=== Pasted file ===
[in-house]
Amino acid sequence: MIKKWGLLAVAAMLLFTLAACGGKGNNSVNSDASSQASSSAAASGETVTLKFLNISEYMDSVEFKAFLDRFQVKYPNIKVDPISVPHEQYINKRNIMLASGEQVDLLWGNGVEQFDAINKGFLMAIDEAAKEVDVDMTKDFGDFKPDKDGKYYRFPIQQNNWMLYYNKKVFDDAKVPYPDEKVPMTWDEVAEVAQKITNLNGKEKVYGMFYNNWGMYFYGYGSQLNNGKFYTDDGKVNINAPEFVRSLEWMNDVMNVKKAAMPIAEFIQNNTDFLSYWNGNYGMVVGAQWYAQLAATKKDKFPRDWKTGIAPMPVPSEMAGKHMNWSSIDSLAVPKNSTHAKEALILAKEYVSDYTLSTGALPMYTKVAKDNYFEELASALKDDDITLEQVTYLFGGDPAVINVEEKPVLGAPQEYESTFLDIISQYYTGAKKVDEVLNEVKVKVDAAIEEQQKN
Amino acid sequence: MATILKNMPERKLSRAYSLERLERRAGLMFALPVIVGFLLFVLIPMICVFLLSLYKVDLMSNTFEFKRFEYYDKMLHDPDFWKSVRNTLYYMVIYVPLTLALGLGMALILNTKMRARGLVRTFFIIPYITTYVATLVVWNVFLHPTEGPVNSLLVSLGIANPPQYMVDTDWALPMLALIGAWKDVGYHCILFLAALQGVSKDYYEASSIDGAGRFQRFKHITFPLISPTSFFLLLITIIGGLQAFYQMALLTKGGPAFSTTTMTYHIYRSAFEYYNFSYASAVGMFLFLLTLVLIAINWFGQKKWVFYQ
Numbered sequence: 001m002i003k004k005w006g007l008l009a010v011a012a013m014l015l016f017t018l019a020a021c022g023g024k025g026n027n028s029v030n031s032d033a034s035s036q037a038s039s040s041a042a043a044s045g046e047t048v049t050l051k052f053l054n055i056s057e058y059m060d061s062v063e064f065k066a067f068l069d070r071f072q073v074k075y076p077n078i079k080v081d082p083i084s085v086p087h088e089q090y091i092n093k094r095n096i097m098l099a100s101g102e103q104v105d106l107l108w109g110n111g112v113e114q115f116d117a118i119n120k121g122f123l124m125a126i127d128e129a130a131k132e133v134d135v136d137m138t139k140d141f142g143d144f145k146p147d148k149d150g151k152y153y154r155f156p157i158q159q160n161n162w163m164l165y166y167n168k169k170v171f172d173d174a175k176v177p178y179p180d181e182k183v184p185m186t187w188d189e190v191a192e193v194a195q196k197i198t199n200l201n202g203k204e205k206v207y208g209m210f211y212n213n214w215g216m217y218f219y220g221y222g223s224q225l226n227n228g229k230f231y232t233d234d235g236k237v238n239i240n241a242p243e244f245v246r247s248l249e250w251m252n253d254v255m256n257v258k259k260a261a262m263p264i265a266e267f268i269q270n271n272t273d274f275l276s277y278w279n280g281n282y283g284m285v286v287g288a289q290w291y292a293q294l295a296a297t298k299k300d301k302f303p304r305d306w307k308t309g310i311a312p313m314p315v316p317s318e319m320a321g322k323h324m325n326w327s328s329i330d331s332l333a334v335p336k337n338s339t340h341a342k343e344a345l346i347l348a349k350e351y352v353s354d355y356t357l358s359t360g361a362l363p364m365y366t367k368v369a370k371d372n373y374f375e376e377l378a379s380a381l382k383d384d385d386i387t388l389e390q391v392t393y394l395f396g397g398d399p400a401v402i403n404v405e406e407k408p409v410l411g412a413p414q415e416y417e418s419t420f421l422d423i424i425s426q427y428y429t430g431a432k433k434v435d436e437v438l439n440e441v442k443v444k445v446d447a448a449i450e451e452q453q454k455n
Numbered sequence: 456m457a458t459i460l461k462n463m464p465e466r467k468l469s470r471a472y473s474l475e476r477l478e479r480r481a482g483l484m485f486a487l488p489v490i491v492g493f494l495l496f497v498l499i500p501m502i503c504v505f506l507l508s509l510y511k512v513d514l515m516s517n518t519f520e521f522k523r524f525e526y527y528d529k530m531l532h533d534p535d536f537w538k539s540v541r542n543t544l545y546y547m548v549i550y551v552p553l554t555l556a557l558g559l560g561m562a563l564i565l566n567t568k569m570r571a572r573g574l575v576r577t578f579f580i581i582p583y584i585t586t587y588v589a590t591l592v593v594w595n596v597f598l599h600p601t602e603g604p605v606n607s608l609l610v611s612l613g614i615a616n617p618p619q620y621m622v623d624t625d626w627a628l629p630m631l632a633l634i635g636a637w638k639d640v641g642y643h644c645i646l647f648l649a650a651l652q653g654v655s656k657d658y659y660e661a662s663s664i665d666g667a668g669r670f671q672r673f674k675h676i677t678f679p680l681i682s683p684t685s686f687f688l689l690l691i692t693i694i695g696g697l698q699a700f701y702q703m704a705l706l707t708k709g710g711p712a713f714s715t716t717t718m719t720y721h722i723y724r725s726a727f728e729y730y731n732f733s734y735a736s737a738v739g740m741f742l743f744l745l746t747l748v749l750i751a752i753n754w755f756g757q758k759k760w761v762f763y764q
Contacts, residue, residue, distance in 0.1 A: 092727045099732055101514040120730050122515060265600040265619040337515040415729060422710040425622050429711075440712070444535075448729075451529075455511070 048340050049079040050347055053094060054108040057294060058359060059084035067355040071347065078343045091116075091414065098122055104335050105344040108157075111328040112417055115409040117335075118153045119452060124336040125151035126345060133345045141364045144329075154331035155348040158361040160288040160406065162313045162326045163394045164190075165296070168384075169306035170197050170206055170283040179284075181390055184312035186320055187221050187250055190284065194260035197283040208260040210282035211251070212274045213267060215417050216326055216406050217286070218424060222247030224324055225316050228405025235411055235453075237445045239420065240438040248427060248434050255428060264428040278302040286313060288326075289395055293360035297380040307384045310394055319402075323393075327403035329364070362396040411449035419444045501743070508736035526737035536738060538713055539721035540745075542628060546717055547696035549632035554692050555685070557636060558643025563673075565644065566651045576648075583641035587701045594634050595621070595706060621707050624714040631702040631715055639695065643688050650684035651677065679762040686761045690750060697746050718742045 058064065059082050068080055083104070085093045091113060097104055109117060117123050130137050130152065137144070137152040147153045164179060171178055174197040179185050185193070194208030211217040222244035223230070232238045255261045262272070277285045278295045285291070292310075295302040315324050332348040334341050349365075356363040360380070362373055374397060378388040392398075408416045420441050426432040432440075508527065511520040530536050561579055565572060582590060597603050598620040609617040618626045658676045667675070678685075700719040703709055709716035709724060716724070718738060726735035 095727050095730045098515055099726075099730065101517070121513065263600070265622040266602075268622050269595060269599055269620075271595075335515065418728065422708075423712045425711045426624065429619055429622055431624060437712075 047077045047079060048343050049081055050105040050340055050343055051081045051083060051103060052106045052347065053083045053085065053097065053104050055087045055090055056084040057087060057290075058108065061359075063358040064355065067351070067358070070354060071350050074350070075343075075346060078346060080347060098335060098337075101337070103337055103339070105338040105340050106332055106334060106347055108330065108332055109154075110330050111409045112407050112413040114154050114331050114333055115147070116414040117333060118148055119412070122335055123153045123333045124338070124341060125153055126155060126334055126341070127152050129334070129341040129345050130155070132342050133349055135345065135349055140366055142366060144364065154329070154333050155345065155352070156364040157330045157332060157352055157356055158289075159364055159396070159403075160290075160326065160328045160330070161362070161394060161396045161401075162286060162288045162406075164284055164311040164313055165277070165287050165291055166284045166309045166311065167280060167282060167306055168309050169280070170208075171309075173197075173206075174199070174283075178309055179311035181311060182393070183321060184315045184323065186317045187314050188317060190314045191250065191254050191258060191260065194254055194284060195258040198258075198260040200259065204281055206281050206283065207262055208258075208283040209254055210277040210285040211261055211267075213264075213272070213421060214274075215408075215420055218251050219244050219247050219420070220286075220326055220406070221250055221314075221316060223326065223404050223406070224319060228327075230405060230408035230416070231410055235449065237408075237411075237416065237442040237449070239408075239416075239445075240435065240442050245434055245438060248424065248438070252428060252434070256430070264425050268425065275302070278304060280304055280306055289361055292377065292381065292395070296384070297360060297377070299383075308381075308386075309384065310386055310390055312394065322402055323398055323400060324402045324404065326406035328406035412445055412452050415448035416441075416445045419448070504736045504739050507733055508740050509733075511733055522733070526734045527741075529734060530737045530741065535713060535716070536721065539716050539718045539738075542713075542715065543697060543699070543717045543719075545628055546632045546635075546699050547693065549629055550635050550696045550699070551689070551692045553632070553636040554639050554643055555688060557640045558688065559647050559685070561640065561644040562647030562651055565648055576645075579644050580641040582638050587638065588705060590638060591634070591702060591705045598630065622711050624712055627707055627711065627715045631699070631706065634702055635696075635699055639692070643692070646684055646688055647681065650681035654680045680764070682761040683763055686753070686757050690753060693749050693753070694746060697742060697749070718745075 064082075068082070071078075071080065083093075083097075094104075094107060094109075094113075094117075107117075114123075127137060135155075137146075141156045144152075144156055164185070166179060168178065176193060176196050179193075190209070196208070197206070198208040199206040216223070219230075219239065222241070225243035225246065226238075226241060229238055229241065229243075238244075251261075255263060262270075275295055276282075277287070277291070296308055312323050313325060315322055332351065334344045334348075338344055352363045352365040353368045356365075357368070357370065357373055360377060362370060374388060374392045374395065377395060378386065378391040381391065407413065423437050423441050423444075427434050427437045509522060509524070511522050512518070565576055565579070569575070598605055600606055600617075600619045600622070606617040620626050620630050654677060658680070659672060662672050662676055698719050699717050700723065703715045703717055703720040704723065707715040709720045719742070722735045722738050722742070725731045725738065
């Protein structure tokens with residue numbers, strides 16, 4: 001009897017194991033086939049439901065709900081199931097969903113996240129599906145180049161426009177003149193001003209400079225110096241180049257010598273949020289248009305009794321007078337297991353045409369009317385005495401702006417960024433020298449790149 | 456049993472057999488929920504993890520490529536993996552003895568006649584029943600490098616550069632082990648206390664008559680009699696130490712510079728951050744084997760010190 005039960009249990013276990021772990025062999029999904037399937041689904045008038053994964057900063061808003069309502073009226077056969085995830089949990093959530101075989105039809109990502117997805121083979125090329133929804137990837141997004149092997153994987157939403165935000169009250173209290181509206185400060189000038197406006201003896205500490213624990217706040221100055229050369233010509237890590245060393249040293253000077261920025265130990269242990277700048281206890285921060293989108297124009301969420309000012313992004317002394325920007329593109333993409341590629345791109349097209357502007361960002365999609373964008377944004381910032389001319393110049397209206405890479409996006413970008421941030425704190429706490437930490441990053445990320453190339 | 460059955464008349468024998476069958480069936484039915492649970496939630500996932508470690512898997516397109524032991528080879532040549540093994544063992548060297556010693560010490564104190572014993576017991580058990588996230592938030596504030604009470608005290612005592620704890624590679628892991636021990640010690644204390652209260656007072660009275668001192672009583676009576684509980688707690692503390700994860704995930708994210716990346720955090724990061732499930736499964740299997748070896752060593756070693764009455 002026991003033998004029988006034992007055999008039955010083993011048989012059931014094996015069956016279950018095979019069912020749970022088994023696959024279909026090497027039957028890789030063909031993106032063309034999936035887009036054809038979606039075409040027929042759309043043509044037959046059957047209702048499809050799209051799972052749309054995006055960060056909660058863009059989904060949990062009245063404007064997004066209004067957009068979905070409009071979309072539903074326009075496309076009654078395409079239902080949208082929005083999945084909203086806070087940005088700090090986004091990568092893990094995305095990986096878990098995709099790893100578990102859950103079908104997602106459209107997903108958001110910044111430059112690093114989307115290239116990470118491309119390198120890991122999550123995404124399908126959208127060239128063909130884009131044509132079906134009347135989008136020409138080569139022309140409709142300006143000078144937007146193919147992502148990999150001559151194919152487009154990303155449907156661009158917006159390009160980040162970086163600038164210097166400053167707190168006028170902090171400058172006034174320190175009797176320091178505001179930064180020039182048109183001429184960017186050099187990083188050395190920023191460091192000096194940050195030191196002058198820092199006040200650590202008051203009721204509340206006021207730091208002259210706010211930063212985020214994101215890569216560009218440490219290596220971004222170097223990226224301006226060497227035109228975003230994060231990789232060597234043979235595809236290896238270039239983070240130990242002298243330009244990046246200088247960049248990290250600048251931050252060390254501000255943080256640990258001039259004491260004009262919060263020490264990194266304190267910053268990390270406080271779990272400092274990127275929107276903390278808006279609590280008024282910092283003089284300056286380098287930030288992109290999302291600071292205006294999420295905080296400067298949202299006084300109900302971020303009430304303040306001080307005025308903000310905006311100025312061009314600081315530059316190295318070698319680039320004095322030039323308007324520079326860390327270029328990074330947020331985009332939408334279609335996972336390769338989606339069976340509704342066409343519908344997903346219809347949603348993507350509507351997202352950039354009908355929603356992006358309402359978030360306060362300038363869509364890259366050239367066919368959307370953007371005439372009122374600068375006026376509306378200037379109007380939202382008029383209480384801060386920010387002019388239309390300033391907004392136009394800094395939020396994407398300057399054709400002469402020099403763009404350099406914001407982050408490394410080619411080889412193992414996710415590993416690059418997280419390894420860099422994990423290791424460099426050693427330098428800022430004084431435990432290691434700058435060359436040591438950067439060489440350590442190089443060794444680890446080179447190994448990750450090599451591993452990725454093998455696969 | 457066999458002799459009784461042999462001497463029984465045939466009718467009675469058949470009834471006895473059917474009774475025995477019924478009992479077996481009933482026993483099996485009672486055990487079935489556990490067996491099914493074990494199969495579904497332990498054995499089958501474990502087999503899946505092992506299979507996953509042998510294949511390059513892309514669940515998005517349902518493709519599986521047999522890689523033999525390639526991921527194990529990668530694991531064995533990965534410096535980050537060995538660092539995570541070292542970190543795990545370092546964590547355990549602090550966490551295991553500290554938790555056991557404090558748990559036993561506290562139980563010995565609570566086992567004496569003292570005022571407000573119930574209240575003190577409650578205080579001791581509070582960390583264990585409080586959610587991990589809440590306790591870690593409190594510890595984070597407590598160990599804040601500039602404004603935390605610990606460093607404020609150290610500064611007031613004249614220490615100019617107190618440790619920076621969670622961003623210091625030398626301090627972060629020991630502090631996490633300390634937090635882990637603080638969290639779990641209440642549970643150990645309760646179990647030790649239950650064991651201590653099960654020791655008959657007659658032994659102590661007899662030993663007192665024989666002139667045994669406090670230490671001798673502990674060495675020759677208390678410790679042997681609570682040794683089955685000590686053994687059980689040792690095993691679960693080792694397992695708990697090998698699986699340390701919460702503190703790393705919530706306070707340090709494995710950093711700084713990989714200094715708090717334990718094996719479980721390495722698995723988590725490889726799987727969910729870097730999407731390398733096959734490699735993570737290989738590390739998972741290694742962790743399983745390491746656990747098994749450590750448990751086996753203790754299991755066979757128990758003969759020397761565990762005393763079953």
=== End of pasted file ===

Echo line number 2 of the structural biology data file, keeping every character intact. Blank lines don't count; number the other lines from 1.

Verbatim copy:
Amino acid sequence: MIKKWGLLAVAAMLLFTLAACGGKGNNSVNSDASSQASSSAAASGETVTLKFLNISEYMDSVEFKAFLDRFQVKYPNIKVDPISVPHEQYINKRNIMLASGEQVDLLWGNGVEQFDAINKGFLMAIDEAAKEVDVDMTKDFGDFKPDKDGKYYRFPIQQNNWMLYYNKKVFDDAKVPYPDEKVPMTWDEVAEVAQKITNLNGKEKVYGMFYNNWGMYFYGYGSQLNNGKFYTDDGKVNINAPEFVRSLEWMNDVMNVKKAAMPIAEFIQNNTDFLSYWNGNYGMVVGAQWYAQLAATKKDKFPRDWKTGIAPMPVPSEMAGKHMNWSSIDSLAVPKNSTHAKEALILAKEYVSDYTLSTGALPMYTKVAKDNYFEELASALKDDDITLEQVTYLFGGDPAVINVEEKPVLGAPQEYESTFLDIISQYYTGAKKVDEVLNEVKVKVDAAIEEQQKN